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Theresa A. Shapiro, M.D., Ph.D.

Division Director, Division of Clinical Pharmacology
Professor of Medicine

See Research on Pubmed

Female

Titles

  • Division Director, Division of Clinical Pharmacology
  • Wellcome Professor of Medicine
  • Wellcome Professor of Pharmacology and Molecular Sciences
  • Professor of Medicine
  • Professor of Pharmacology and Molecular Sciences

Centers & Institutes

  • Global Health, Center for

Research Interests

Molecular and clinical pharmacology of antiparasitic drugs; DNA topoisomerases as antiparasitic drug targets; Structure-activity of synthetic antimalarial trioxanes

Biography

Dr. Theresa Shapiro is a Professor of Medicine in the Clinical Pharmacology and Pharmacology and Molecular Science departments. She studies the development and discovery of new drugs for sleeping sickness and malaria.

Dr. Shapiro received a medical degree and PhD from the Johns Hopkins University before joining the faculty. She has served on expert committees for the World Health Organization, the U.S. Food and Drug Administration, the National Institutes of Health and the U.S. Pharmacopeia. 

Languages

  • English
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    Research Summary

    The central theme of our research is antiparasitic chemotherapy. On a molecular basis, we are interested in understanding the mechanism of action for existing antiparasitic agents, and in identifying vulnerable metabolic targets for much-needed, new, antiparasitic chemotherapy. Clinical studies are directed toward an evaluation, in humans, of the efficacy, pharmacokinetics, metabolism, and safety, of experimental antiparasitic drugs. The following are examples of ongoing work.

    1. The topoisomerases, "magicians of the cell", catalyze alterations in the topological state of DNA. These reactions are essential for the orderly synthesis of nucleic acids and for cell survival. A number of clinically important antitumor and antibacterial drugs have as their mechanism of action the inhibition of topoisomerase activity. We have found that topoisomerase inhibitors, or gene silencing by means of RNA interference, cause dramatic alterations in the structure and replication of nuclear and mitochondrial DNA in African trypanosomes (the organisms that cause sleeping sickness). We have also found that several of the classical antitrypanosomal drugs inhibit trypanosome topoisomerase activity in vivo. Of considerable importance, the severity of the molecular lesions attributable to enzyme inhibition correlates closely with trypanosome killing.
    2. The advent and rapid spread of chloroquine-resistant falciparum malaria is widely regarded as a public health crisis. Safe new antimalarial drugs are urgently needed. Atovaquone, a broad-spectrum antiprotozoal agent, is almost unique in its dual action against both tissue and bloodstream stages of the malaria parasite. We conducted a prospective, double-blind, placebo-controlled clinical trial which demonstrated that atovaquone can protect healthy volunteers against Plasmodium falciparum. The study used a highly sensitive polymerase chain reaction assay to detect subclinical parasitemia and to distinguish between the two possible mechanisms for prophylaxis.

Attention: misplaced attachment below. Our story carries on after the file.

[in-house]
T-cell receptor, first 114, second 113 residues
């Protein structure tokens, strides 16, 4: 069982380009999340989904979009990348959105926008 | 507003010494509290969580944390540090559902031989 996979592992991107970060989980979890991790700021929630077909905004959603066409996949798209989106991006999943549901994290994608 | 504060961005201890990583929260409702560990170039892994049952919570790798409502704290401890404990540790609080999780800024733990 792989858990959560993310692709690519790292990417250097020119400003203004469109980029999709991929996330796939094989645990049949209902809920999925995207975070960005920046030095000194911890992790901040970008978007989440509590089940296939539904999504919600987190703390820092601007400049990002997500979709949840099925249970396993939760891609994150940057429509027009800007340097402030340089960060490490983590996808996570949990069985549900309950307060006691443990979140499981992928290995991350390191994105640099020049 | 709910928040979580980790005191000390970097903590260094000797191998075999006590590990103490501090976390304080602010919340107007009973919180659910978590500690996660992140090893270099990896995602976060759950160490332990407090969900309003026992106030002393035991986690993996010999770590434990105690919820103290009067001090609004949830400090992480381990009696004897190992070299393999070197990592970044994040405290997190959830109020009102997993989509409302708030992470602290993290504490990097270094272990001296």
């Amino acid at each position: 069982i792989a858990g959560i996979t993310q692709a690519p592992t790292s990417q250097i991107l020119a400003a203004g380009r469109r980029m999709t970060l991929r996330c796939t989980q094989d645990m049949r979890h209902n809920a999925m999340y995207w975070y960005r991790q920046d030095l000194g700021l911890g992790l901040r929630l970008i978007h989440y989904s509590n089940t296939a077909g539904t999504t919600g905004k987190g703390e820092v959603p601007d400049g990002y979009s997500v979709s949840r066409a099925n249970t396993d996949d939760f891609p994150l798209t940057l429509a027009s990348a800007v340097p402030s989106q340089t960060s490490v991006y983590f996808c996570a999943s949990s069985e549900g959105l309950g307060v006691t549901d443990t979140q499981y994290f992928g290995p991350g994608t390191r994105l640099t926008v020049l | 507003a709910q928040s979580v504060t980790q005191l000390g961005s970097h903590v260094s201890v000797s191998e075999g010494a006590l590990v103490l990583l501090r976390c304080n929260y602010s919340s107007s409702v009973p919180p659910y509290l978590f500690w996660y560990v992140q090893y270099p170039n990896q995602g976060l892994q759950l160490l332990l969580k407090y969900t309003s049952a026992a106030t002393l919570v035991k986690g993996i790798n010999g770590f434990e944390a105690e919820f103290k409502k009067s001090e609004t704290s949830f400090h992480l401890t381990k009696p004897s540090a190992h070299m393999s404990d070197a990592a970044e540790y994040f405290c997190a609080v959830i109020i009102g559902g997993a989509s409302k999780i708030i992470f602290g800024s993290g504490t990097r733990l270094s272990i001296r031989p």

Selected Publications View all on PubMed

    1. Shapiro TA, Ranasinha CD, Kumar N, and Barditch-Crovo P (1999) Prophylactic activity of atovaquone against Plasmodium falciparum in humans. Am J. Trop. Med. Hyg. 60: 831-836. View on Pubmed
    2. Ye L, Dinkova-Kostova AT, Wade KL, Zhang Y, Shapiro TA, Talalay P (2002) Quantitative determination of dithiocarbamates in human plasma, serum, erythrocytes and urine: pharmacokinetics of broccoli sprout isothiocyanates in humans. Clin Chim Acta. Feb 316(1-2):43-53. Erratum in Clin Chim Acta 2002 Jul: 321 (1-2) 127-9 View on Pubmed
    3. Bodley AL, Chakraborty AK, Xie S, Burri C, Shapiro TA. (2003) An unusual type IB topoisomerase from African trypanosomes. Proc Natl Acad Sci USA. Jun 24; 100 (13) 7539-7544.  View on Pubmed
    4. Nenortas E, Kulikowicz T, Burri C, Shapiro TA. (2003) Antitrypanosomal activities of fluoroquinolones with pyrrolidinyl substitutions. Antimicrob Agents Chemother Sep; 47 (9): 3015-3017.  View on Pubmed
    5. Arav-Boger R, Shapiro TA. (2004) Molecular mechanisms of resistance in antimalarial chemotherapy: the unmet challenge. Annu Rev Pharmacol Toxicol Oct 07 (Epub ahead of print) View on Pubmed
    6. Posner GH, McRiner AJ, Paik JH, Sur S, Borstnik K, Xie S, Shapiro TA, Alagbala A, Foster B. (2004) Anticancer and antimalarial efficacy and safety of artemisinin-derived trioxane dimmers in rodents. J Med Chem Feb 26: 47(5): 1299-301.  View on Pubmed
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    Department/Division

    • Medicine - Clinical Pharmacology
    • Pharmacology and Molecular Sciences

    For Research Inquiries Contact

    Johns Hopkins University
    725 N. Wolfe Street,
    Hunterian 303
    Baltimore, MD 21205-2186

    Phone: 410-955-1888
    Fax: 410-955-2634
    E-mail address: tshapiro@jhmi.edu

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